State, federal lease sales net $15M in North Slope bids


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The U.S. Bureau of Land Management received 14 bids on 160,080 acres of federal oil and gas leases in the National Petroleum Reserve–Alaska in a lease sale held Nov. 7.

Cash bonus bids totaled $898,900 from two companies. BLM is responsible for management of the federal reserve, which covers 23 million acres of the western North Slope.

BLM now holds an annual areawide every fall and plans the sale for the same day as the state’s North Slope areawide sale, Murphy said.

Twelve of the bids on leases submitted Nov. 7 were by Alaska independent NordAq Energy for tracts in the central part of the petroleum reserve. The other two bids, in the northeast part of NPR-A, were from Houston-based independent Woodstone Resources, a company new to Alaska.

Meanwhile, state officials have expressed satisfaction with the state area-wide lease sale that netted $14.2 million, also held Nov. 7. The Division of Oil and Gas opened bids at the Dena’ina Civic and Convention Center in Anchorage and received 132 bids on 122 tracts from 13 different bidding groups, encompassing approximately 310,500 acres.

In the State of Alaska lease sale, NordAq acquired 60,000 acres of offshore state leases in Smith Bay, just north of the NPR-A. Woodstone also bid for leases in the state sale.

NordAq president Bob Warthen said his company is working on an integrated exploration program for the offshore Smith Bay acreage and the company’s onshore federal leases in the reserve with a target for drilling in 2014.

The Smith Bay state leases are in shallow water. NordAq would build an artificial ice island to support the drilling, Warthen said. NordAq has also acquired onshore NPR–A leases held previously by FEX LLC, a subsidiary of Talisman Energy.

FEX has drilled exploration wells on the leases and discovered oil and gas but has not been able to do production tests on the wells. The company decided to sell its leases and leave Alaska for reasons that have to do more with changed corporate priorities than the viability of the Alaska prospects, FEX has said.

Warthen hopes to organize an exploration program that would explore Smith Bay, the onshore former FEX leases and the newly-acquired inland leases in an organized fashion. Although the FEX leases are in a part of the northern NPR-A where new leasing is now excluded, Warthen said that BLM officials have assured him that NordAq will be able to develop the FEX leases if commercial production can be established.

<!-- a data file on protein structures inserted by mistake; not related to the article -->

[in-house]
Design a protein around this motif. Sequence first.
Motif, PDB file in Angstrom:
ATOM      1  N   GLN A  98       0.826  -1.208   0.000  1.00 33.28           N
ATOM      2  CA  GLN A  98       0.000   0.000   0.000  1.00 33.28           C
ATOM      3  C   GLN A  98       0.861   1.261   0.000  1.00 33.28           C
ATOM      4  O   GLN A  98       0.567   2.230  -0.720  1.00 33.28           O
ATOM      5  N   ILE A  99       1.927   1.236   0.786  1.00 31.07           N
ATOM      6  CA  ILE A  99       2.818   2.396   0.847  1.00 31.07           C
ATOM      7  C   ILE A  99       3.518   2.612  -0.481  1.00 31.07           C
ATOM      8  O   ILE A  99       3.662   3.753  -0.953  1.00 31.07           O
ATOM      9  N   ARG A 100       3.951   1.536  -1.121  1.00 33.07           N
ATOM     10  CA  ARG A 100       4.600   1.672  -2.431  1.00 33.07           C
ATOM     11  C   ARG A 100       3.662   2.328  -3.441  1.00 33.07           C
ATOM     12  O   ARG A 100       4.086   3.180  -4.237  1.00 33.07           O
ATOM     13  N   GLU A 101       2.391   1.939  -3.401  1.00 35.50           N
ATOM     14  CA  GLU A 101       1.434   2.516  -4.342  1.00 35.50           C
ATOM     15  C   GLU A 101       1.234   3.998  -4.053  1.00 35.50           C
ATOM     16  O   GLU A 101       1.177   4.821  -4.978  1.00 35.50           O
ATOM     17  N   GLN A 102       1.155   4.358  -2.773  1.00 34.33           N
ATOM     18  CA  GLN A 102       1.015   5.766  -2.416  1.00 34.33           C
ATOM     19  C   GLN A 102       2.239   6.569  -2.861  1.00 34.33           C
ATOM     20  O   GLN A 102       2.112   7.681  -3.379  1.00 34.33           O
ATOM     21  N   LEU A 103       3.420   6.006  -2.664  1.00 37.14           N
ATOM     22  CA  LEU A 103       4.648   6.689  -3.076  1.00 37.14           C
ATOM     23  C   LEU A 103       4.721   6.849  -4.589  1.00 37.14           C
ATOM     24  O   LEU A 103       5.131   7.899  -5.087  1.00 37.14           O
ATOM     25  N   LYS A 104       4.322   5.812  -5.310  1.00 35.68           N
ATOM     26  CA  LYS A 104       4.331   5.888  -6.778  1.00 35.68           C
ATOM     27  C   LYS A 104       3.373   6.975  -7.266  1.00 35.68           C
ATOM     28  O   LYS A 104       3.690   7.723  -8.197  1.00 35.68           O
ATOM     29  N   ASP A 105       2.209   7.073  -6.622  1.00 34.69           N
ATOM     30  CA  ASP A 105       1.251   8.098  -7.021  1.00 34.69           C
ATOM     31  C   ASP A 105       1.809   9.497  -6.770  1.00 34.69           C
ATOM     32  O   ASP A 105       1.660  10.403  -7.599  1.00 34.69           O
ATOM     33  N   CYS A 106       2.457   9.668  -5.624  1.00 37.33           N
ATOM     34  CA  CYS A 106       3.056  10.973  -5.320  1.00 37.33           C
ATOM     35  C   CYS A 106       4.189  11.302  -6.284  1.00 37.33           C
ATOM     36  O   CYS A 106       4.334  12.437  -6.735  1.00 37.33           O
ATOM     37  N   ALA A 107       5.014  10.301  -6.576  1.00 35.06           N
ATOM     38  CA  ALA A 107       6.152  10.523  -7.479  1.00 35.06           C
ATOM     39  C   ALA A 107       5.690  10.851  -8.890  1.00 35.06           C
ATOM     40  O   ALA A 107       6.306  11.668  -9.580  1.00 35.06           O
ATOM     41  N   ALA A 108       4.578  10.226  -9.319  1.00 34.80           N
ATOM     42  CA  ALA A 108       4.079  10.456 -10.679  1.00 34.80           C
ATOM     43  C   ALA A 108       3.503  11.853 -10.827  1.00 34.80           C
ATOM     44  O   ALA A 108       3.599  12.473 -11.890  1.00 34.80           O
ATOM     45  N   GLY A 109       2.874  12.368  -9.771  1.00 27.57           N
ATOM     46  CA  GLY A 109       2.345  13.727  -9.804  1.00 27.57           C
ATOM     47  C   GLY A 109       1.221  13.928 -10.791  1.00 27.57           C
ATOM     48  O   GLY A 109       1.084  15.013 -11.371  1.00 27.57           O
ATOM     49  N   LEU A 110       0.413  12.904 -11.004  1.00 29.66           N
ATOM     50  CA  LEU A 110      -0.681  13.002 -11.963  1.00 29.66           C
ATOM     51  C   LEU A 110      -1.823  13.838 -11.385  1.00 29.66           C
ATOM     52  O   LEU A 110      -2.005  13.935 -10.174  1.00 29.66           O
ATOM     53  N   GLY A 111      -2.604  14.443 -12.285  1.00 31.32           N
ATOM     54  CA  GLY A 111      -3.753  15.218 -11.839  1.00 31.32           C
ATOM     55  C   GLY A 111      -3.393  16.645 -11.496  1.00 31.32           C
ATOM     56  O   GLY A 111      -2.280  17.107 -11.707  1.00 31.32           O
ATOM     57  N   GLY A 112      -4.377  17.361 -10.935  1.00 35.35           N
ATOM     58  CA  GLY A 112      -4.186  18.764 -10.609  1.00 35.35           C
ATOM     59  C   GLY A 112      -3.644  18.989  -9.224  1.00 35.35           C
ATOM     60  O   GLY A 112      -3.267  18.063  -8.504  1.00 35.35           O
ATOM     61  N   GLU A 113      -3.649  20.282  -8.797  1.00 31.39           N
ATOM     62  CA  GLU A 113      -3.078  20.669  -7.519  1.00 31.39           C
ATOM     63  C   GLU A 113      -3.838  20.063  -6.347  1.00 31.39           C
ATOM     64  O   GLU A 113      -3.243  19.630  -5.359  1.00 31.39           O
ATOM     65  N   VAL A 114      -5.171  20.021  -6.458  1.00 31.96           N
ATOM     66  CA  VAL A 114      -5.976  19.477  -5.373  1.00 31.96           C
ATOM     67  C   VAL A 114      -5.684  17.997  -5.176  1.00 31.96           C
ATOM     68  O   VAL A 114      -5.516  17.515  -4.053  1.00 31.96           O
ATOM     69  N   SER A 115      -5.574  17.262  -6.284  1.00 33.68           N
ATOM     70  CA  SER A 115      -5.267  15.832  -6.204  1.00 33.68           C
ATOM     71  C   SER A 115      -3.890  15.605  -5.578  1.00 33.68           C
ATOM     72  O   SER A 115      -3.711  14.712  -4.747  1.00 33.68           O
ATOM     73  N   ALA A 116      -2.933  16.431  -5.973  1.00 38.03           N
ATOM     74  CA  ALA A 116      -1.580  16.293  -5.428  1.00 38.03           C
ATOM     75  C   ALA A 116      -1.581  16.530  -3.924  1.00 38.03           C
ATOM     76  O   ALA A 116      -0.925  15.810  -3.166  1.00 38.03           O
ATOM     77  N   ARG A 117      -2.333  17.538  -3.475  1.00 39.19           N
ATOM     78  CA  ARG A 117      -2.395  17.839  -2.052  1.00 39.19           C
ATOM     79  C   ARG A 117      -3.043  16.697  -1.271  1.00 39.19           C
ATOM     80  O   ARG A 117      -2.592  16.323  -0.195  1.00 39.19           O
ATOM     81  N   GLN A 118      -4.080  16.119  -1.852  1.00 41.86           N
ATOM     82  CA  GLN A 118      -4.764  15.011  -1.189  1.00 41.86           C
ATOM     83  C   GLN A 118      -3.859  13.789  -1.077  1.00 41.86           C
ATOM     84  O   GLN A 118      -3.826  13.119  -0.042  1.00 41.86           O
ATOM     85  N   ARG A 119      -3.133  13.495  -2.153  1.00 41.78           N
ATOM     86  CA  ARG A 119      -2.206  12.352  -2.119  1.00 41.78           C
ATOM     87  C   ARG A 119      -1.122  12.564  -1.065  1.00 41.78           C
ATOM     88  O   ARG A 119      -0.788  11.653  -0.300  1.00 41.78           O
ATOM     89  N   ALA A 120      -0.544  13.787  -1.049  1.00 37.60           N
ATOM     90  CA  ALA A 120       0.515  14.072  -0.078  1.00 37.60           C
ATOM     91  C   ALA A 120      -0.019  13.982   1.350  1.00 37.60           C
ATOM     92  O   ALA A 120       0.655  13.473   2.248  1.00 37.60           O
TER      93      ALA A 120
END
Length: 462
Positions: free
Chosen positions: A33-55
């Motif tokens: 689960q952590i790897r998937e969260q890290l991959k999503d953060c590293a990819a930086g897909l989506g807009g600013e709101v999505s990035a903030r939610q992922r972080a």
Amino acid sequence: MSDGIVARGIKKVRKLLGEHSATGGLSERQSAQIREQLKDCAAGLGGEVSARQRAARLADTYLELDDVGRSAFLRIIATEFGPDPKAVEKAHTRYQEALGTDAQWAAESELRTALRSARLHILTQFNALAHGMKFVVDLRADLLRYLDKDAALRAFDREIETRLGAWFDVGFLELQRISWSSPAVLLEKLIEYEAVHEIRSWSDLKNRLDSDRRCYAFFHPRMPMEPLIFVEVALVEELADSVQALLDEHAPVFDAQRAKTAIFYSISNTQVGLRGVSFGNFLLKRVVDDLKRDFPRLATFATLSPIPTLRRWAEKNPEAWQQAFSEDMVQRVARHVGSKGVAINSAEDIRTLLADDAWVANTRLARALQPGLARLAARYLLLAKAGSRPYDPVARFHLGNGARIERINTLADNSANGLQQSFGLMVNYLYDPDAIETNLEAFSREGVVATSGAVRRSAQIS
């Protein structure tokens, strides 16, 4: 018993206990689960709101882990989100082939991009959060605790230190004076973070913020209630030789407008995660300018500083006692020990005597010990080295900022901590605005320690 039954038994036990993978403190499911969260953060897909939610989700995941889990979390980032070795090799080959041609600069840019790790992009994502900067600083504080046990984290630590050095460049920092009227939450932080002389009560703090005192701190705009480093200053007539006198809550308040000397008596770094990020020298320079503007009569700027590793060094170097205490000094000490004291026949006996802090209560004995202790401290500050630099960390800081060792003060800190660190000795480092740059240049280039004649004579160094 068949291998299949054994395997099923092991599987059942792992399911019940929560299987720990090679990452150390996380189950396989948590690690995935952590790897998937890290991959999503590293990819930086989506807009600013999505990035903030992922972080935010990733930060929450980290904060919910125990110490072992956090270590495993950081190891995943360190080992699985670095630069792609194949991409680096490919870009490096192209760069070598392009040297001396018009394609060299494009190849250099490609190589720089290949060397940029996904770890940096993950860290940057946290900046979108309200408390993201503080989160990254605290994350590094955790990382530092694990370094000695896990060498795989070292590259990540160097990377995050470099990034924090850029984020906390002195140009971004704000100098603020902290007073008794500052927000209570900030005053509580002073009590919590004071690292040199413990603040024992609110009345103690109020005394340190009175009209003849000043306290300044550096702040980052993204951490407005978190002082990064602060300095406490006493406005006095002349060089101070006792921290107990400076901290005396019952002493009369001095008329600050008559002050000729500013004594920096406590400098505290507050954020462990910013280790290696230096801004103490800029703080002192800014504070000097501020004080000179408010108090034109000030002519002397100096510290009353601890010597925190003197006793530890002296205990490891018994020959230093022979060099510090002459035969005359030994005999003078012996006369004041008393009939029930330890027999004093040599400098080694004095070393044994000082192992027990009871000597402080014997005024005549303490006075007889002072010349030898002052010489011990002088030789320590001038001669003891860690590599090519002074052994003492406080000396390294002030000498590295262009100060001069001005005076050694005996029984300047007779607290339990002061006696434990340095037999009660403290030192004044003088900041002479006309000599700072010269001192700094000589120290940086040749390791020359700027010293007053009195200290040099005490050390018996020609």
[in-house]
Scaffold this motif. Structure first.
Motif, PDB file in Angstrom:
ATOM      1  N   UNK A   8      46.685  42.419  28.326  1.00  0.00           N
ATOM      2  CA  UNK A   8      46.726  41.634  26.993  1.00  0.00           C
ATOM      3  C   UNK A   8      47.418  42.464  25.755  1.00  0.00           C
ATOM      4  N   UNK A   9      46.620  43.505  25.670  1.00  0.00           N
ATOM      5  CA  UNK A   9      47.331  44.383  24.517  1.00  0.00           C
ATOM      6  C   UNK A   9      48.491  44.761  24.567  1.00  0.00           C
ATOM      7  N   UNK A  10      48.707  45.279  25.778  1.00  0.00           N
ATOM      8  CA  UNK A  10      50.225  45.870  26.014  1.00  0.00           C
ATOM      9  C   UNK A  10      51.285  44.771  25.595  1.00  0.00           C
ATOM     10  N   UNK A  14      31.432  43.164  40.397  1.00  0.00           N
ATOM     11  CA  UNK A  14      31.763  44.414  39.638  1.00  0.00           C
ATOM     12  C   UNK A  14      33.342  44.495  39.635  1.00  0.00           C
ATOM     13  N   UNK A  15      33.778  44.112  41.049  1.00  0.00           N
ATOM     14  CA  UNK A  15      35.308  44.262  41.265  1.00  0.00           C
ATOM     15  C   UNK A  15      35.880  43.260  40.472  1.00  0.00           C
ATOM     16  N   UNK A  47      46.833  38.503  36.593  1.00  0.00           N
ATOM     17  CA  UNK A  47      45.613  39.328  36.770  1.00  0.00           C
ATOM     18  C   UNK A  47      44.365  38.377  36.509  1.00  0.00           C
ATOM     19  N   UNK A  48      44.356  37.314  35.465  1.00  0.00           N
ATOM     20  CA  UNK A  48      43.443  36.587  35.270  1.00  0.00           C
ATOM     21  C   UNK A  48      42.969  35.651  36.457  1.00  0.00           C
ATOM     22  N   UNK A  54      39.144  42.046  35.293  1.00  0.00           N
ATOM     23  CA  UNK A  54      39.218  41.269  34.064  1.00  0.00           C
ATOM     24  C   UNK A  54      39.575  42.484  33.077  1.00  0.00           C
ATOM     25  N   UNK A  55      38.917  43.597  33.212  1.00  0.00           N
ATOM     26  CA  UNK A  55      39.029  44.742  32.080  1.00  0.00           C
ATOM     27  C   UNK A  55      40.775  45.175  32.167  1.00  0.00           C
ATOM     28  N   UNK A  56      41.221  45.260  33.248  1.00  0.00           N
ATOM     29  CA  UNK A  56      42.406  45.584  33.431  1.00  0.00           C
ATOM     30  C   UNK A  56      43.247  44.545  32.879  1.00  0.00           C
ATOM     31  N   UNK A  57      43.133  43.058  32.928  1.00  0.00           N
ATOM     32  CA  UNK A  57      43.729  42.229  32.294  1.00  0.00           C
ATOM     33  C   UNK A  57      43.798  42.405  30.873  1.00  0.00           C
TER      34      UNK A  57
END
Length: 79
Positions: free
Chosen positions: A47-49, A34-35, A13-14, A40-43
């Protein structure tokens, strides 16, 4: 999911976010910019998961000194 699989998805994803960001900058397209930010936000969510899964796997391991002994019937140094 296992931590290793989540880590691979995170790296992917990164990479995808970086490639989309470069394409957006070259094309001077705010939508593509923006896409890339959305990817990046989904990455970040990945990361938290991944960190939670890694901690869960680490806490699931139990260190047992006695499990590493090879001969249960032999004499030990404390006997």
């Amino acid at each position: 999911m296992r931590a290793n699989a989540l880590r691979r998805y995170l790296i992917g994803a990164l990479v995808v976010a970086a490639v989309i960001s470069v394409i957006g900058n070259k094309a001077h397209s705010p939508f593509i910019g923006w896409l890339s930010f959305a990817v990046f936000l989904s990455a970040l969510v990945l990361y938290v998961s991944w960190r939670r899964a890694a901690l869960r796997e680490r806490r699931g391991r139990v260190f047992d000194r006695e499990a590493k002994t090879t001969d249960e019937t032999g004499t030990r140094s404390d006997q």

A pending NPR-A land management plan would also allow a pipeline from the offshore Smith Bay state leases to come ashore and possibly connect with the other NordAq leases and with a large west-east pipeline being considered by Shell, if that company’s exploration in the Chukchi Sea is successful.

Bidders in the state lease sale included North Slope major producers BP, Chevron, ConocoPhillips and ExxonMobil bidding together for two tracts west of the Kuparuk River field. There were also smaller companies and at least two new players.

The bids by the major companies were in an area where there could be an untapped extension of the Kuparuk field, industry sources familiar with the area said. The percentages of the companies in making the bids are roughly comparable to the percentages the companies hold in Kuparuk.

There is renewed interest in the western part of the central slope area since Brooks Range Petroleum discovered its small Mustang deposit and made plans to develop it. Repsol is also exploring in the area.

The Beaufort Sea sale netted the state close to $1.8 million, with Alaskan independent NordAq Energy being the most aggressive bidder for the Smith Bay acreage.

The North Slope Foothills area, which hasn’t seen any bidding in the past three years, received eight bids, all from Anadarko Petroleum Corp., which has explored in the area.

The Foothills region has seen sporadic exploration for oil and gas and several large gas prospects have been identified in recent decades.

“We are encouraged to see bidding in the Foothills region as well as the potentially gas-prone area in the southern part of the North Slope sale area, which may have an associated oil play,” said Bill Barron, Division of Oil and Gas director.

 

Tim Bradner can be reached at tim.bradner@alaskajournal.com.

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